How to Respond to your Child’s Negative Behavior instead of React

By: Kim Marcin, LPC, Senior Family Counselor, Penfield Children’s Center

The body’s stress response system helps us react to events that could put us in danger, such as accidently putting a hand on a hot stove – you don’t have to think about removing your hand, it pops up automatically. If our brain perceives that something is a threat, the body acts quickly, without thinking because it is in a state of alarm. While situations like these require an immediate, non-thinking response to keep us safe, other everyday life scenarios can benefit from more thought.

For example, if your child runs into a room you just cleaned and dumps a bucket of toys all over the floor, it’s easy for your body to go into quick, reactive anger even though the situation is more annoying than life-threatening.

How can you as a parent become more mindful in these moments of daily stress, since our bodies are wired to react suddenly to perceived and real threats?

The key is to buy yourself time before you react.

A simple solution? Walk away.

As long as your child is in a safe space, walk out of the room before you can react. If you can put actual space between the stressor and your reaction, you have taken the first step to responding vs. reacting.

While in the other room, do something to calm yourself down. Take a deep breath. Exhale longer than you inhale (inhale for a count of 7, exhale for a count of 11). Listen to yourself taking the breath and feel how it leaves your chest. Allow yourself to process the negative emotion you’re feeling, but don’t react to it. Oftentimes, we’re taught to brush negative emotions associated with anger, grief and discomfort to the side and not truly FEEL them. It can be empowering to have control of your emotions, while still letting yourself feel the emotions.

Another calming action you can take is to drink a glass of water or listen to music. These activities buy you the time you need to calm down and also ground you so that your emotions don’t take over.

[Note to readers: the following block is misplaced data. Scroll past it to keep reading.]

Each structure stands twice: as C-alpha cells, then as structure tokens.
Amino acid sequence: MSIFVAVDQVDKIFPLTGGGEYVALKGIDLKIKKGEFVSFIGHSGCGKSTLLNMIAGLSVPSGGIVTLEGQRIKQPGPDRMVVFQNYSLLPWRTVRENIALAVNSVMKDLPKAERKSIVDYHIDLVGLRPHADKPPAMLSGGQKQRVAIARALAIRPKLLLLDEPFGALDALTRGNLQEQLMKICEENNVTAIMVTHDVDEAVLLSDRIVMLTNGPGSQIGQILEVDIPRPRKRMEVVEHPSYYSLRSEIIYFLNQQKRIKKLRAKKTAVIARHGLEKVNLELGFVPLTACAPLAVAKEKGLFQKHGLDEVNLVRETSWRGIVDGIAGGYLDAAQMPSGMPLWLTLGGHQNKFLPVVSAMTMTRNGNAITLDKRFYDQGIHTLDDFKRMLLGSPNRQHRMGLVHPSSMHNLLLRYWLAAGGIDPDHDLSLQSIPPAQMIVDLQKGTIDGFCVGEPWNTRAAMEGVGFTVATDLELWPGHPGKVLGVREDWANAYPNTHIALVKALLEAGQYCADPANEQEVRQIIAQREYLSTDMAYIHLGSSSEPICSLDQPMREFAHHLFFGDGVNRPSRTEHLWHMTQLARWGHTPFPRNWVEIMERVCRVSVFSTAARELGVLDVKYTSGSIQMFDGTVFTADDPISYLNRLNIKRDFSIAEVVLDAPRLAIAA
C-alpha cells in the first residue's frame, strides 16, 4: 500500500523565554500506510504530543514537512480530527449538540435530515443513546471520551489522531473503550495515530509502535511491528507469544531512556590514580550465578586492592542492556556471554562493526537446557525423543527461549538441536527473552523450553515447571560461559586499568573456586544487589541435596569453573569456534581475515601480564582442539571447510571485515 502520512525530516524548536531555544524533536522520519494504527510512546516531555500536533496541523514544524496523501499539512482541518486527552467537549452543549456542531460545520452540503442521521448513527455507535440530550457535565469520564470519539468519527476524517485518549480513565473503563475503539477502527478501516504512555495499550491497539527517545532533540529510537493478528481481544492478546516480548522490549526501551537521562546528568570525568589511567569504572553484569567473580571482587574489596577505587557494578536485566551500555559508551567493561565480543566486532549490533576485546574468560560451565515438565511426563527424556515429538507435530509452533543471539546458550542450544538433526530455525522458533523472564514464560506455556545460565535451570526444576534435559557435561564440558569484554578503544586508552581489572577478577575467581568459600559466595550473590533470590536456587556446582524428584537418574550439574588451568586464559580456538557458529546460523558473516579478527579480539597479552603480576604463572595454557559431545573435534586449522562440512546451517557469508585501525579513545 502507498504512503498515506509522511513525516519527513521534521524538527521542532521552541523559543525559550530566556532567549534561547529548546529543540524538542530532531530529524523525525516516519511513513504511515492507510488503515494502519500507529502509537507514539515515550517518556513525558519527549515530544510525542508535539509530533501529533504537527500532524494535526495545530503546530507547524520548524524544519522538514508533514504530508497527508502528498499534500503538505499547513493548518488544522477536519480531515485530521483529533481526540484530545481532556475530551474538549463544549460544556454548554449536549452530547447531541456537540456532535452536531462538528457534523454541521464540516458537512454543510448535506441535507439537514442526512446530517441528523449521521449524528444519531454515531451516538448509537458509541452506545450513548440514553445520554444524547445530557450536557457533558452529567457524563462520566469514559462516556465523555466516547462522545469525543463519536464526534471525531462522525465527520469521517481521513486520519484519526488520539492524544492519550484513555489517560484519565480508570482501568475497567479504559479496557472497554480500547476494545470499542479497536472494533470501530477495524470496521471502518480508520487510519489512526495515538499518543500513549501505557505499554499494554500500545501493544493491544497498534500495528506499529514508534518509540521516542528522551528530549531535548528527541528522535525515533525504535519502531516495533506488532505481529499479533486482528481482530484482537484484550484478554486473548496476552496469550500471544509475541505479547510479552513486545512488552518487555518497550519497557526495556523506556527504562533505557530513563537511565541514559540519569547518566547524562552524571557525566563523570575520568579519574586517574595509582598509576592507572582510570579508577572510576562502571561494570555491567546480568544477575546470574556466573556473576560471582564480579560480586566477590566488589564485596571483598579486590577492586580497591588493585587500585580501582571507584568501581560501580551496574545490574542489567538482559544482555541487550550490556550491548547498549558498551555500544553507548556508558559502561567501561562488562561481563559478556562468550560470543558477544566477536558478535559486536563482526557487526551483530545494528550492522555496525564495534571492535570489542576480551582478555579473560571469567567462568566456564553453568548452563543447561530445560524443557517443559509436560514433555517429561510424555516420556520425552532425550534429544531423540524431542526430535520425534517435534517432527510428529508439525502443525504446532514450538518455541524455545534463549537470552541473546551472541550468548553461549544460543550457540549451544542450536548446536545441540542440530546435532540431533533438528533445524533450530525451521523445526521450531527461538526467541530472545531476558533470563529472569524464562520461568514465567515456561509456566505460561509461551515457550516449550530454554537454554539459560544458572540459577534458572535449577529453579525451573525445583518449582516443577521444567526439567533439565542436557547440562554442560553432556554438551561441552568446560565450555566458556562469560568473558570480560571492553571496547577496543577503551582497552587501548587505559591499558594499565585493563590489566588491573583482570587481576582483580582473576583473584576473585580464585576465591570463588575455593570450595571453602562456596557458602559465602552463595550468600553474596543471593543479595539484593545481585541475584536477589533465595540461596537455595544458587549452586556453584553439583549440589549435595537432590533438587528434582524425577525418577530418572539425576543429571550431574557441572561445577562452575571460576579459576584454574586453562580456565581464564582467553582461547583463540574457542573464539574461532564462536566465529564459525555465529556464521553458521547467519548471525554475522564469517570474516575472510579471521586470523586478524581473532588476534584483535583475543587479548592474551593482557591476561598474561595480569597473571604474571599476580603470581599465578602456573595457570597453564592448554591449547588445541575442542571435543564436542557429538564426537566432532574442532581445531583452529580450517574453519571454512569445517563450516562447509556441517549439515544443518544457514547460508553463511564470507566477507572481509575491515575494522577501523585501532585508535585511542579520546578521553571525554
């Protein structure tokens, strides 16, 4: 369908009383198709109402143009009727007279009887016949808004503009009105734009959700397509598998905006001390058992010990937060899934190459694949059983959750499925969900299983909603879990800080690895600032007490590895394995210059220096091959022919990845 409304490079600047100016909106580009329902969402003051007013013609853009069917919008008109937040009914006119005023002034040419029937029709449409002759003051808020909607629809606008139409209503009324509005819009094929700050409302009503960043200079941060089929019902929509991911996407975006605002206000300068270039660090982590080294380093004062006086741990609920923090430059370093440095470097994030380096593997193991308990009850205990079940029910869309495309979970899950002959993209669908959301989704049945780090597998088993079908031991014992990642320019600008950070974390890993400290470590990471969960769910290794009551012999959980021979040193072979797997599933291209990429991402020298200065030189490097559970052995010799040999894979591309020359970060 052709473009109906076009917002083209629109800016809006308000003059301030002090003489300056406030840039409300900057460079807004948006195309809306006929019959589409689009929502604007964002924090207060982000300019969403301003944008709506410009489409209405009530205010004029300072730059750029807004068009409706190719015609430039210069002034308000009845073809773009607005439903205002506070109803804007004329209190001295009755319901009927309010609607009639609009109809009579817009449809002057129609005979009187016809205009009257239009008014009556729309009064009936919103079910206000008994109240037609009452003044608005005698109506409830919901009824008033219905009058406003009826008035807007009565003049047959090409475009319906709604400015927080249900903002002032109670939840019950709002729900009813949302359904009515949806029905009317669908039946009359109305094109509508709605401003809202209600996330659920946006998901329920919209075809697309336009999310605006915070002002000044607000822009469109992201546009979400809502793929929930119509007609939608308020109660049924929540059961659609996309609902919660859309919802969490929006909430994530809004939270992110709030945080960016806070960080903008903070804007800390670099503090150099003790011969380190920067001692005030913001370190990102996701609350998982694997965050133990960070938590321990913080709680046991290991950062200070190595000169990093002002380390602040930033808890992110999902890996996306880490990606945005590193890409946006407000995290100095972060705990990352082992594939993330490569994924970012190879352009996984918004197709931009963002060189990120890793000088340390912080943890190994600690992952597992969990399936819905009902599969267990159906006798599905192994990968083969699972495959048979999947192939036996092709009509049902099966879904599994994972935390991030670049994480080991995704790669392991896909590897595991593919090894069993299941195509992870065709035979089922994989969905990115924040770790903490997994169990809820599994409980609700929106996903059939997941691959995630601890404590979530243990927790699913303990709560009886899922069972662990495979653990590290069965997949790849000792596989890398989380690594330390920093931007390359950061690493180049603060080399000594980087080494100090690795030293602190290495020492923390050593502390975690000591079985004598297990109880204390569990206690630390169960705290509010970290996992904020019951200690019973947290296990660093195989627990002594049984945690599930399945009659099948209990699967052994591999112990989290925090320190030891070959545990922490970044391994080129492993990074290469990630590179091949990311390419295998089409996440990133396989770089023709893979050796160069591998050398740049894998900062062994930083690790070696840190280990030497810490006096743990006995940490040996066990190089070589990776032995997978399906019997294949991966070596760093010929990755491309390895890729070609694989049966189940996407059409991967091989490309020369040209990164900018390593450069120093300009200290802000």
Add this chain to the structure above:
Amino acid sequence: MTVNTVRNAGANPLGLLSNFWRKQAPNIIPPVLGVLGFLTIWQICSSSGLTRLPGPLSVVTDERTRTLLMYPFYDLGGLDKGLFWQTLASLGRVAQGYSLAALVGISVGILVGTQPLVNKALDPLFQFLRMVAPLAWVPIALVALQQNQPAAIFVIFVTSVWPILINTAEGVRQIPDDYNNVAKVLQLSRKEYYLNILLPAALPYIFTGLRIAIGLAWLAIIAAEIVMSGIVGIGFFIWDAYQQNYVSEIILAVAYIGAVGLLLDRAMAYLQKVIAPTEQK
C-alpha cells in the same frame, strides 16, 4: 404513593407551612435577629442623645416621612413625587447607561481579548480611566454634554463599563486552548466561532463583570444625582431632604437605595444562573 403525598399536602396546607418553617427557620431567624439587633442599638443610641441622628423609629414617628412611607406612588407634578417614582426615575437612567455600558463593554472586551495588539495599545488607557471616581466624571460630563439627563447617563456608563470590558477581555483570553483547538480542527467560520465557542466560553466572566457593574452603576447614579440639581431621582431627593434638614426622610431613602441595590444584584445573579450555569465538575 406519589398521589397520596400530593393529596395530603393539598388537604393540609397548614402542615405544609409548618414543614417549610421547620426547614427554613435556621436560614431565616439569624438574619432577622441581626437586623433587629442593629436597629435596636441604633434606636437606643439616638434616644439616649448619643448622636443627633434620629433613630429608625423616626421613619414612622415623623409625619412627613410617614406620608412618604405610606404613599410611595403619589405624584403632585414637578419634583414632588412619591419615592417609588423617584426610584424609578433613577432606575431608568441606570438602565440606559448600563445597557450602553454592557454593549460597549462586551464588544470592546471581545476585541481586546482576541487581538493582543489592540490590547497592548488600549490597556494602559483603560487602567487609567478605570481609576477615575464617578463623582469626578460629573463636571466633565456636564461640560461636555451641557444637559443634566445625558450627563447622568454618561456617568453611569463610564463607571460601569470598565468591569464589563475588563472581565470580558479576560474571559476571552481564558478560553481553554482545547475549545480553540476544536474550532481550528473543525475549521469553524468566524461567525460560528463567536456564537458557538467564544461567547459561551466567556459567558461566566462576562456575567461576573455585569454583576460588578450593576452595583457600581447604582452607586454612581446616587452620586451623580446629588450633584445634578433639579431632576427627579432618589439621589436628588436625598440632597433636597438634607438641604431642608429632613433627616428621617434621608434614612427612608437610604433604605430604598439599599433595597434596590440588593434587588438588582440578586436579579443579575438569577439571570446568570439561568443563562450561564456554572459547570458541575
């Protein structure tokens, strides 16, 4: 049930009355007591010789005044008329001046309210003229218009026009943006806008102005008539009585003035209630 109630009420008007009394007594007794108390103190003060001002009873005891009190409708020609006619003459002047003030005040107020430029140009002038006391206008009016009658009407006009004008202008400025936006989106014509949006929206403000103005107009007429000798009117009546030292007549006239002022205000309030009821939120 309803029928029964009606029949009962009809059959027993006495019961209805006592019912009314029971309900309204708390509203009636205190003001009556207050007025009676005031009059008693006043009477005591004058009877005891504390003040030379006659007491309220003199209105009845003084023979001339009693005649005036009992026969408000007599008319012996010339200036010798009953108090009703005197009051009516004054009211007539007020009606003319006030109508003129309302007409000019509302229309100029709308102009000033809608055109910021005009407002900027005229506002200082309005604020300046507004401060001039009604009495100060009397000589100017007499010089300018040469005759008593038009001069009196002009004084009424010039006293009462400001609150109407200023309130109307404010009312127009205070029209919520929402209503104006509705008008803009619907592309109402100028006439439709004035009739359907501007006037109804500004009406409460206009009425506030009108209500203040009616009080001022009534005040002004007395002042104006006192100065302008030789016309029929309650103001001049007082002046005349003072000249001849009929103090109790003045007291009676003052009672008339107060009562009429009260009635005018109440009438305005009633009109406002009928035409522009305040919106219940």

The goal with these calming activities is to slow yourself down and to give yourself a moment to process what happened so that you can respond in a positive way. Once you’ve had time to relax, find a non-confrontational strategy for dealing with the situation. Keep in mind, you are dealing with a child who might not be able to manage his feelings as well as an adult. The second you start to lose your cool, your child will follow suit. When you respond to the situation in a calm, but firm way, you have started to take the control back from a negative situation and diffuse the tension.

And, you are your child’s teacher. If you constantly lose your cool and yell, your child will learn that behavior and respond to stress in a similar way. Try not to over explain things to your child or talk to him during a tantrum because this actually provides attention and can be an ineffective response.  If you do need to talk to him about his behavior, keep it short. One to two sentences works best. Make sure to model to your child how to stay calm and not overreact.

What tactics have you used to calm yourself before reacting to your child’s negative behaviors?

 

 

 

References
https://www.psychologytoday.com/us/blog/focus-forgiveness/201609/react-vs-respond
https://www.huffingtonpost.com/entry/mindful-parenting-how-to-respond-instead-of-react_us_5b081237e4b0297756b31058

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